domenica 23 luglio 2017

«Das locum paenitentiae»

Last Sunday we started reading the third discourse of Jesus in Matthew’s gospel—the “Sermon in parables.” We read the first of seven parables—the parable of the sower—with its explanation. Today we have read other three parables—the weeds, the mustard seed and the yeast. What they have in common is growth: the wheat grows along with the weeds; the mustard seed grows and becomes a big plant; the yeast makes dough rise. Which means that the kingdom of heaven is not something static, but dynamic: it grows from small beginnings to a great extension.

The parable which underlines more this point is that of the mustard seed. It underscores the contrast between the beginnings and the full maturity even resorting to some exaggerations: it is not true that the mustard seed is “the smallest of all the seeds;” as well as it is not true that it becomes “the largest of plants,” so that the birds of the sky may come and dwell in its branches.

The parable of the yeast, besides illustrating the growth of the kingdom, emphasizes other aspects. First of all, it is not the yeast that grows, but it makes dough grow. Which means: the kingdom of heaven is mixed with the world to make it grow. Be careful: when Christians live in the world, they seem disappear; they mingle with the world; but, in reality, they are leavening it; they are transforming the world into the kingdom of God. Let us not forget it: we are the yeast of the world.

Of course, the main parable in today’s gospel is that of the weeds in the field. Even in this case, like for the parable of the sower, Jesus, after telling the parable, explains it; but this time only to the disciples. This parable also is about sowing; but, unlike the parable of the sower, it does not stress the importance of the ground—in this case it is supposed to be good—but it considers another possibility, neglected in the parable of the sower: besides the good seed, even weeds could be sown. Of course, it is not the same person that sows the two kinds of seed: the owner of the field sows the good seed; and an enemy sows the weeds. It is important to point out this further element: the growth of the kingdom of God is not so plain as we would expect, as if it depended just on the seed and the ground, that is to say, on God and on us. Unfortunately, there is some interference; there is the intrusion of unexpected events that could hinder the growth of the good seed. Besides God and man, there is an enemy—the devil—who interposes himself between God and man to prevent their mutual cooperation. What to do in this case?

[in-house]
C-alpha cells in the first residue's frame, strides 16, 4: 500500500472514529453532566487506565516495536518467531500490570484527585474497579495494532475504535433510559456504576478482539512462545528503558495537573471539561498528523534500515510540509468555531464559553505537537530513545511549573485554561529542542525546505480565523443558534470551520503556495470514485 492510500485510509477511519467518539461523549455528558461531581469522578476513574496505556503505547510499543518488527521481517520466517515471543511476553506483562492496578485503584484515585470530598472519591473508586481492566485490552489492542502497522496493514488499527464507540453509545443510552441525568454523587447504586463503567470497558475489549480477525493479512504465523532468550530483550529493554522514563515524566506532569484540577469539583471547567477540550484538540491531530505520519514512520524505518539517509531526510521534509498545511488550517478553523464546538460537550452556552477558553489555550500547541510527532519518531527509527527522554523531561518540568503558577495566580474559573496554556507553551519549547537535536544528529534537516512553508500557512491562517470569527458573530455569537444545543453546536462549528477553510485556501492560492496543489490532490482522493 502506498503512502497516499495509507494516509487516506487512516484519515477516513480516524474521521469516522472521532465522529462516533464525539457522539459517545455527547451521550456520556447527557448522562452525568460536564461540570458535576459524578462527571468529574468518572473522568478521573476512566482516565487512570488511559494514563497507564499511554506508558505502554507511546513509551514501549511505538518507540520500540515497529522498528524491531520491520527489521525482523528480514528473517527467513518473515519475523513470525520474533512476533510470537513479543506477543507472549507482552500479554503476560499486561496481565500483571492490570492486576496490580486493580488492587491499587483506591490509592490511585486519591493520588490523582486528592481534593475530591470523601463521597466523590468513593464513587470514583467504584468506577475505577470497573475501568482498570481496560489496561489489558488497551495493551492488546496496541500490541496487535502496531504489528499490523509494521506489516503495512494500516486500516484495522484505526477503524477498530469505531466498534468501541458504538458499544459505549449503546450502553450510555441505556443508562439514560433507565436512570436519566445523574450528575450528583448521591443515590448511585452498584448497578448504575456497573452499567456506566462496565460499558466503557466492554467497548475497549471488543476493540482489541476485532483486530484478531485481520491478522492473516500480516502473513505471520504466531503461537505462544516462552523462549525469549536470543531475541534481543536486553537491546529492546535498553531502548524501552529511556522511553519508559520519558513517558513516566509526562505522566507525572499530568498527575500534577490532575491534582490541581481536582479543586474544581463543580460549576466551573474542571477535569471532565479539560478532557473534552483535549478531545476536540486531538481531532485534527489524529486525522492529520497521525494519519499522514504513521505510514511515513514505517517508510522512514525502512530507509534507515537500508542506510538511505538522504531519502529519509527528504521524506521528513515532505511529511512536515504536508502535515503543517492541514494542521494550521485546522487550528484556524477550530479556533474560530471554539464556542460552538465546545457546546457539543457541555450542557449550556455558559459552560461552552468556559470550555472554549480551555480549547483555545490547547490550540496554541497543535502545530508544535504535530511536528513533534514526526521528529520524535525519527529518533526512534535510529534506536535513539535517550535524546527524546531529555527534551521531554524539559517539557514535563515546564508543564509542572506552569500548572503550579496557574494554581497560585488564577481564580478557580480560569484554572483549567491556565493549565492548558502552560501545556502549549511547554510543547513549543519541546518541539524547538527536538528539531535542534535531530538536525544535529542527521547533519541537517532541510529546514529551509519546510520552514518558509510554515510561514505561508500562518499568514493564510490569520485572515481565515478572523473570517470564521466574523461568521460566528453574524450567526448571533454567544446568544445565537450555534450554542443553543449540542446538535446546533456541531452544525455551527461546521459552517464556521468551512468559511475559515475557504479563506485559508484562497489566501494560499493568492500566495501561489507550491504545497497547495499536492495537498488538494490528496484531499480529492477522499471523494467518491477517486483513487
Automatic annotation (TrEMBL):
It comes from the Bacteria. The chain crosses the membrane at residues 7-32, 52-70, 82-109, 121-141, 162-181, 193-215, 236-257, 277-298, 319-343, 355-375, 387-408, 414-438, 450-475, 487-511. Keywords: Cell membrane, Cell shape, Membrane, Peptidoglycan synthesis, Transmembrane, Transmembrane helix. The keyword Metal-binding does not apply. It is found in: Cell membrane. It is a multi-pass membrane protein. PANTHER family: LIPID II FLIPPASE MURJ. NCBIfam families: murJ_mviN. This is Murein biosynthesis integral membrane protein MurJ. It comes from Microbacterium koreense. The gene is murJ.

We have to distinguish two different moments: the time of growth, and the time of harvest; in plain terms, the present, and the end of the age. What happens at the harvest is quite clear. The explication of the parable stresses this point: “The Son of Man will send his angels, and they will collect out of his kingdom all who cause others to sin and all evildoers. They will throw them into the fiery furnace, where there will be wailing and grinding of teeth.” It is the time of judgement; which means that at that time the good and the bad will be separated among themselves; and each one will be given what they deserve. At that time God will show himself as an inflexible judge.

Instead, if we consider the time now, the situation is totally different. Usually, we would like to eradicate the evil present among us; we feel it as an obstacle to our growth. The slaves of the householder voice these feelings of ours: “[Master,] do you want us to go and pull them up?” But the master replies: “No, if you pull up the weeds you might uproot the wheat along with them. Let them grow together until harvest.” As we can see, the attitude of God in this present stage is different from that of the end of the age: now he shows himself lenient, patient, clement; and invites us not to anticipate the final judgement, but to be patient, we too, like him. The reason he offers is: “You might uproot the wheat along with them.” Why? Is it not clear who is good and who is bad? No, it is not clear at all. Usually we think that the boundary between good and evil is out of us—we are good; others are bad. On the contrary, that boundary is within us—inside our heart there are both wheat and weeds. If God took up now his attitude like at the final judgement, we might be uprooted as well. So, instead of complaining about God’s indulgence, we should thank him, since he is waiting for our repentance. As the first reading says, “You gave your children good ground for hope that you would permit repentance (das locum paenitentiae) for their sins.” We are these children in need of God’s mercy.